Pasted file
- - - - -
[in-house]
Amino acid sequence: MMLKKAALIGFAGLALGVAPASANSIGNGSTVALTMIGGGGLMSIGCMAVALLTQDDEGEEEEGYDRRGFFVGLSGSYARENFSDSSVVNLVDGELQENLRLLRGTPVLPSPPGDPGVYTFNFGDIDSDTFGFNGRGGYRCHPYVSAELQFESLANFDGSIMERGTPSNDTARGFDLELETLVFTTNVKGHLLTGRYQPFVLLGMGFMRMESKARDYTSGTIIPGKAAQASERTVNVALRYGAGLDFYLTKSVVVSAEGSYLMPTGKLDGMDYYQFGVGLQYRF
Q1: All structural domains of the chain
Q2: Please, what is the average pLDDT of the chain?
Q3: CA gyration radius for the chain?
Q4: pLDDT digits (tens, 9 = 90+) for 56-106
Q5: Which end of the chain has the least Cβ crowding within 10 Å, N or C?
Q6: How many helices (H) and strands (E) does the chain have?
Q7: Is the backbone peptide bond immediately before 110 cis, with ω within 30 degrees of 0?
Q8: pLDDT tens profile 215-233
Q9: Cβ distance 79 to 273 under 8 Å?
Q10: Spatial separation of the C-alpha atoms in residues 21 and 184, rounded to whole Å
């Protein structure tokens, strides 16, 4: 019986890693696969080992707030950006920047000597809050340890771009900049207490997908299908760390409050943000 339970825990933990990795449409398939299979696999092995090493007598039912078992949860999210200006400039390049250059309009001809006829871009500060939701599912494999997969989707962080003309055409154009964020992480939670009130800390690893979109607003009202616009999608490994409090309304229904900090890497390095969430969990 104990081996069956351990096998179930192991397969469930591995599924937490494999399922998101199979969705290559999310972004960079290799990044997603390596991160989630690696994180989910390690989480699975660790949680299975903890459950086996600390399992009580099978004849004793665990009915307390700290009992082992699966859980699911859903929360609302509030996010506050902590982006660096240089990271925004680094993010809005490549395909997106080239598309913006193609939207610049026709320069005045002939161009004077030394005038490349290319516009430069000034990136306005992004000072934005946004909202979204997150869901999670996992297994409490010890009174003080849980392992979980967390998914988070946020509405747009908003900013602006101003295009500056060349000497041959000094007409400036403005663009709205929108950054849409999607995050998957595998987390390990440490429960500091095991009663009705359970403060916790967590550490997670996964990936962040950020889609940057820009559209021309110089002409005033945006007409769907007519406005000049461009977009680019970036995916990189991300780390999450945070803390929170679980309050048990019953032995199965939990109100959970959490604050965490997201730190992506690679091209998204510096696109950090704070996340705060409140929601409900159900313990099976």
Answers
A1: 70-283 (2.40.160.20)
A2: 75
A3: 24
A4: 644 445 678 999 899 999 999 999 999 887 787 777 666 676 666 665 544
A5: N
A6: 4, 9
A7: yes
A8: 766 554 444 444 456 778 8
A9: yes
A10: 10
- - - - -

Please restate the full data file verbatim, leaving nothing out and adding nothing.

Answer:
[in-house]
Amino acid sequence: MMLKKAALIGFAGLALGVAPASANSIGNGSTVALTMIGGGGLMSIGCMAVALLTQDDEGEEEEGYDRRGFFVGLSGSYARENFSDSSVVNLVDGELQENLRLLRGTPVLPSPPGDPGVYTFNFGDIDSDTFGFNGRGGYRCHPYVSAELQFESLANFDGSIMERGTPSNDTARGFDLELETLVFTTNVKGHLLTGRYQPFVLLGMGFMRMESKARDYTSGTIIPGKAAQASERTVNVALRYGAGLDFYLTKSVVVSAEGSYLMPTGKLDGMDYYQFGVGLQYRF
Q1: All structural domains of the chain
Q2: Please, what is the average pLDDT of the chain?
Q3: CA gyration radius for the chain?
Q4: pLDDT digits (tens, 9 = 90+) for 56-106
Q5: Which end of the chain has the least Cβ crowding within 10 Å, N or C?
Q6: How many helices (H) and strands (E) does the chain have?
Q7: Is the backbone peptide bond immediately before 110 cis, with ω within 30 degrees of 0?
Q8: pLDDT tens profile 215-233
Q9: Cβ distance 79 to 273 under 8 Å?
Q10: Spatial separation of the C-alpha atoms in residues 21 and 184, rounded to whole Å
């Protein structure tokens, strides 16, 4: 019986890693696969080992707030950006920047000597809050340890771009900049207490997908299908760390409050943000 339970825990933990990795449409398939299979696999092995090493007598039912078992949860999210200006400039390049250059309009001809006829871009500060939701599912494999997969989707962080003309055409154009964020992480939670009130800390690893979109607003009202616009999608490994409090309304229904900090890497390095969430969990 104990081996069956351990096998179930192991397969469930591995599924937490494999399922998101199979969705290559999310972004960079290799990044997603390596991160989630690696994180989910390690989480699975660790949680299975903890459950086996600390399992009580099978004849004793665990009915307390700290009992082992699966859980699911859903929360609302509030996010506050902590982006660096240089990271925004680094993010809005490549395909997106080239598309913006193609939207610049026709320069005045002939161009004077030394005038490349290319516009430069000034990136306005992004000072934005946004909202979204997150869901999670996992297994409490010890009174003080849980392992979980967390998914988070946020509405747009908003900013602006101003295009500056060349000497041959000094007409400036403005663009709205929108950054849409999607995050998957595998987390390990440490429960500091095991009663009705359970403060916790967590550490997670996964990936962040950020889609940057820009559209021309110089002409005033945006007409769907007519406005000049461009977009680019970036995916990189991300780390999450945070803390929170679980309050048990019953032995199965939990109100959970959490604050965490997201730190992506690679091209998204510096696109950090704070996340705060409140929601409900159900313990099976």
Answers
A1: 70-283 (2.40.160.20)
A2: 75
A3: 24
A4: 644 445 678 999 899 999 999 999 999 887 787 777 666 676 666 665 544
A5: N
A6: 4, 9
A7: yes
A8: 766 554 444 444 456 778 8
A9: yes
A10: 10